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Genome-wide atlas of gene expression in the adult mouse brain


Molecular approaches to understanding the functional circuitry of the nervous system promise new insights into the relationship between genes, brain and behaviour. The cellular diversity of the brain necessitates a cellular resolution approach towards understanding the functional genomics of the nervous system. We describe here an anatomically comprehensive digital atlas containing the expression patterns of 20,000 genes in the adult mouse brain. Data were generated using automated high-throughput procedures for in situ hybridization and data acquisition, and are publicly accessible online. Newly developed image-based informatics tools allow global genome-scale structural analysis and cross-correlation, as well as identification of regionally enriched genes. Unbiased fine-resolution analysis has identified highly specific cellular markers as well as extensive evidence of cellular heterogeneity not evident in classical neuroanatomical atlases. This highly standardized atlas provides an open, primary data resource for a wide variety of further studies concerning brain organization and function.

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Figure 1: Global analysis strategy.
Figure 2: Genome-wide analysis of expression level versus percentage of expressing cells across the entire brain.
Figure 3: Representative cell-type-specific genes and corresponding molecular functions.
Figure 4: Hierarchical ranking and clustering of the most specific genes in 12 major brain regions.
Figure 5: Correlative analysis of gene expression.
Figure 6: Laminar and region-specific neocortical gene expression.
Figure 7: Heterogeneity of hippocampal gene expression.
Figure 8: Cerebellar compartments revealed by gene expression.
Figure 9: Subcellular mRNA targeting.


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This work was sponsored by the Allen Institute for Brain Science. The authors wish to thank the Allen Institute founders, P. G. Allen and J. Patton, for their vision, encouragement and support. We also wish to thank key Institute advisors, K. Dooley and S. Coliton, as well as the Scientific Advisory Board for the Atlas project, M. Tessier-Lavigne, D. Anderson, C. Dulac, R. Gibbs, S. Paul, G. Schuler, A. W. Toga and J. Takahashi, for their scientific guidance and dedication to the successful execution of the Atlas project. We would particularly like to acknowledge D. Anderson for his role in the conceptual genesis and continual refinement of Atlas goals, as well as M. Tessier-Lavigne for key scientific and organizational leadership throughout the project. We also thank C. Jennings for his critical reading of the manuscript.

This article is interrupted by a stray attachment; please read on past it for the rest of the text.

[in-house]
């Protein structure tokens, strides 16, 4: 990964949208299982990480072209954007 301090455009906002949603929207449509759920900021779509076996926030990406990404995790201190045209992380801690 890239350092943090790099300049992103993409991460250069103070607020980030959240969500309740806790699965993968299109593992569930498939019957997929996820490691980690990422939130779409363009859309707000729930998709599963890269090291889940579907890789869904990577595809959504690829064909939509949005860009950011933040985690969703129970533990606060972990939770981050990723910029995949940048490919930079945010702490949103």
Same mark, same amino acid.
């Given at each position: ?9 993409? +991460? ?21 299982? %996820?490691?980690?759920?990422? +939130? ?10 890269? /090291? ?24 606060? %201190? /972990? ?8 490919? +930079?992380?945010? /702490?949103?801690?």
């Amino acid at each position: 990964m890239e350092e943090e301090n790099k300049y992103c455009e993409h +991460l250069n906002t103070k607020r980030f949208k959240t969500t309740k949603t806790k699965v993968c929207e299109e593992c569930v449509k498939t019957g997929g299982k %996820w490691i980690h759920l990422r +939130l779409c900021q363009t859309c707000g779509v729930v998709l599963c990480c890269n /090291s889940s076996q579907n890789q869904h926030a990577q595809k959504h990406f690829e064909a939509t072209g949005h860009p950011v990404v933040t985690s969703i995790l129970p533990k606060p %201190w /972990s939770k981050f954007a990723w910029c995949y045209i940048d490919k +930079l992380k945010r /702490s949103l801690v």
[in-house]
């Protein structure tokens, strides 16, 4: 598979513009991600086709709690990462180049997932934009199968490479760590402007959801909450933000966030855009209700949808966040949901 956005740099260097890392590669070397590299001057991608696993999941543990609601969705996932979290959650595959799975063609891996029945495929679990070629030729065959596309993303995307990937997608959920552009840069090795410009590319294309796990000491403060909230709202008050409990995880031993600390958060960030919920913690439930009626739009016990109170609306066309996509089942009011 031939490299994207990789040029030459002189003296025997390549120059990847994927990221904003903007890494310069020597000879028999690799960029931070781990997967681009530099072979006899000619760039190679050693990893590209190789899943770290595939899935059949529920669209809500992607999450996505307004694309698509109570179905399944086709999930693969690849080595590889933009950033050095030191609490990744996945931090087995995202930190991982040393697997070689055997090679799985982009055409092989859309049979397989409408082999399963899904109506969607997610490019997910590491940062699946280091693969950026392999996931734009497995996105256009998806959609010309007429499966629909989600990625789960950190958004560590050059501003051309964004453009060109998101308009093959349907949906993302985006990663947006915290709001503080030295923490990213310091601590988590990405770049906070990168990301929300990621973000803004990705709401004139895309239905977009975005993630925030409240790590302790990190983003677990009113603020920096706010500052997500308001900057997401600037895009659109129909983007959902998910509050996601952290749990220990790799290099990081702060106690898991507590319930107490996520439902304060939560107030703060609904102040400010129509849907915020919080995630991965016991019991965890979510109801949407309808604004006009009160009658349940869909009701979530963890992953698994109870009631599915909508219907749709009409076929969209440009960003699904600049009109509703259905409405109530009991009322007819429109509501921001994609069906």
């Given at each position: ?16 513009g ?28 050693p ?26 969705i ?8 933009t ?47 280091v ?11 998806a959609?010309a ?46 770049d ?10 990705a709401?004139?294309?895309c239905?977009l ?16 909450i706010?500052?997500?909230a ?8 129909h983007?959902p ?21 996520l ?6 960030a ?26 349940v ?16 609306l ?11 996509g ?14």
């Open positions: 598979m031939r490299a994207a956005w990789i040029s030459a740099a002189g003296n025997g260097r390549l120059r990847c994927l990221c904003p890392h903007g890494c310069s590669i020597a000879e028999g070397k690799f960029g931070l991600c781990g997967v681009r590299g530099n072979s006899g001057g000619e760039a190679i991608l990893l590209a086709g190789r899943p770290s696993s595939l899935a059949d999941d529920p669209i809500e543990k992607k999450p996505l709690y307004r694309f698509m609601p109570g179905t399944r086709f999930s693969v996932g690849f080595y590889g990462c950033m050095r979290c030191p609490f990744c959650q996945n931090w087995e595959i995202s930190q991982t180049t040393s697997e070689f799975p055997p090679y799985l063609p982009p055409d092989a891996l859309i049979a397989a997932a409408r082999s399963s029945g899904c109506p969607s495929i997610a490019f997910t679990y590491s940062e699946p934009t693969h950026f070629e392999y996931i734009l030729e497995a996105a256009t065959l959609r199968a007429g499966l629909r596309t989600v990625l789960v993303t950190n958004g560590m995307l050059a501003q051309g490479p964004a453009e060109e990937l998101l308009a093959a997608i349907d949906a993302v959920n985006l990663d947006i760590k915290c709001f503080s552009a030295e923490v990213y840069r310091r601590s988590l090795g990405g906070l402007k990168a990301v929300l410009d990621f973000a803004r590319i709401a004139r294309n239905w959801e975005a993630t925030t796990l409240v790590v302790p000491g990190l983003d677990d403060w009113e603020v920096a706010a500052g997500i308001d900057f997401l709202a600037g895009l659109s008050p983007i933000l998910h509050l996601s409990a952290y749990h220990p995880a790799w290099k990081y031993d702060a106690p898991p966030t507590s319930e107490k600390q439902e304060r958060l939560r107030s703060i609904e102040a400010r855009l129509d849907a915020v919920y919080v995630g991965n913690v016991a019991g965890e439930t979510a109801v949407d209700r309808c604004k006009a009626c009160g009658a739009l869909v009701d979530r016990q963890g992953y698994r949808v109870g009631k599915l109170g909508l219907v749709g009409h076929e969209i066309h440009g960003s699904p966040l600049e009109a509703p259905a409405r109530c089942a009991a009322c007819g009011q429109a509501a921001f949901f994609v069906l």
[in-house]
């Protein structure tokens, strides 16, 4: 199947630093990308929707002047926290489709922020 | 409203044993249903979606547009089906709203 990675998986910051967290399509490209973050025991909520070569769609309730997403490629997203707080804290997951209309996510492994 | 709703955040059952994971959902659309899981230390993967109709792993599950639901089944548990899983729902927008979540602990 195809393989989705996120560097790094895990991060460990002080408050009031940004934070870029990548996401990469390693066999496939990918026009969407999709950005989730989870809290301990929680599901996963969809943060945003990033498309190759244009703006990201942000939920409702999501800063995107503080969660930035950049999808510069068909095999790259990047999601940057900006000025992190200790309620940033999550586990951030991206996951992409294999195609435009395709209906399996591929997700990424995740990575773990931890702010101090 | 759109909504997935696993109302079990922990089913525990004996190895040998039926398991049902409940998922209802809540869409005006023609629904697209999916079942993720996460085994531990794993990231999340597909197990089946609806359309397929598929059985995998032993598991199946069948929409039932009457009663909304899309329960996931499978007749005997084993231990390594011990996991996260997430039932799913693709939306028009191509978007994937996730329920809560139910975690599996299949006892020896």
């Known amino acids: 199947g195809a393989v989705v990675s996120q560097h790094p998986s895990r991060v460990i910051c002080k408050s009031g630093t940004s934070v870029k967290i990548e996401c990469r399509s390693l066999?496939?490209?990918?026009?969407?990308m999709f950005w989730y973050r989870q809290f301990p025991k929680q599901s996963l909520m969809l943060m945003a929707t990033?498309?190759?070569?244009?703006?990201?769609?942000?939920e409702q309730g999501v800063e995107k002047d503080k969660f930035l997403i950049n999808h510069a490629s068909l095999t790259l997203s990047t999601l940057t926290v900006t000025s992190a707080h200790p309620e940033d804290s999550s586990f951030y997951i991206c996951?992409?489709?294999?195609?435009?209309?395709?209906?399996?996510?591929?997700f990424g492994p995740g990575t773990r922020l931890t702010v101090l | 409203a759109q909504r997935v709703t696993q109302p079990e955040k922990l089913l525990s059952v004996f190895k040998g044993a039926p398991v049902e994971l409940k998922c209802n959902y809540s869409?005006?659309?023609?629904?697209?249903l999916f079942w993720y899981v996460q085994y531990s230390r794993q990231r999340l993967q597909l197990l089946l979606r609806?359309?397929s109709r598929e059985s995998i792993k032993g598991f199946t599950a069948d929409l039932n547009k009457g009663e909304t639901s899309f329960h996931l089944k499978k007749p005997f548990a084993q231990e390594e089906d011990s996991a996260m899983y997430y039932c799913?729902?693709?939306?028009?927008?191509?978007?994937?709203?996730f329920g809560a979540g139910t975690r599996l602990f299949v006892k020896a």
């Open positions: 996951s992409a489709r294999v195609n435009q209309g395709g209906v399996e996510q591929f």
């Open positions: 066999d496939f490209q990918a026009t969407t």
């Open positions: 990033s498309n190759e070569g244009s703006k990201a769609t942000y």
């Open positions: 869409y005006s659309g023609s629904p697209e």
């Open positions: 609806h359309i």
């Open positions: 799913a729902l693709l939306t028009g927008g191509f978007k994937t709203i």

Author Contributions Neuroscience Group: E.S.L. (group leader), A.B., L.C., M.P.H., M.T.M, C.L.T., T.A.Z. Informatics Group: M.J.H. (group leader), C.L.K., C.L., L.L.N., S.D.P. Production Groups: Allen Institute for Brain Science: P.E.W. (group leader), S.M.S. (group leader), R.A.J. (group leader), M.A., A.F.B., E.J.B., S.D., N.R.D., A.L.D., T.D., E.D., M.J.D., J.G.D., A.J.E., L.K.E., S.R.F., S.N.G., K.J.G., K.R.H., M.R.H., J.M.K., R.H.K., J.H.L., T.A.L., L.T.L., R.J.M., N.F.M., R.N., G.J.O., T.H.P., S.E.P., O.C.P., R.B.P., Z.L.R., H.R.R., S.A.R., J.J.R., N.R.S., K.S., N.V.S., T.S., C.R.S., S.C.S., K.A.S., N.N.S., K.-R.S., L.R.V., R.M.W., C.K.W., V.Y.W., X.F.Y.; Baylor College of Medicine: C.T. (group leader), N.A., L.C. (Li Chen), T.-M.C., A.C., R.F., A.J.L., Y.L., M.J.R., A.T., M.W., M.B.Y., B.Z.; Max Planck Institute: G.E. (group leader), A.V. Technology Group: C.N.D. (group leader), C.D.T. (group leader), A.B. (Amy Bensinger), K.S.B., M.C.C., J.C., B.E.C., T.A.D., B.J.D., T.P.F., C.F. (Cliff Frensley), D.P.J., P.T.K., R.K., A.R.L., K.D.L., J.M., B.I.S., A.J.S., M.S., R.C.Y., B.L.Y. Other: H.-W.D., B.A.F., C.F. and J.J.M., Allen Reference Atlas generation; J.G.H., data annotation; C.C.O., critical review and manuscript preparation; M.S.B., overall project leadership 2003–2004; A.R.J., overall project leadership 2004–present.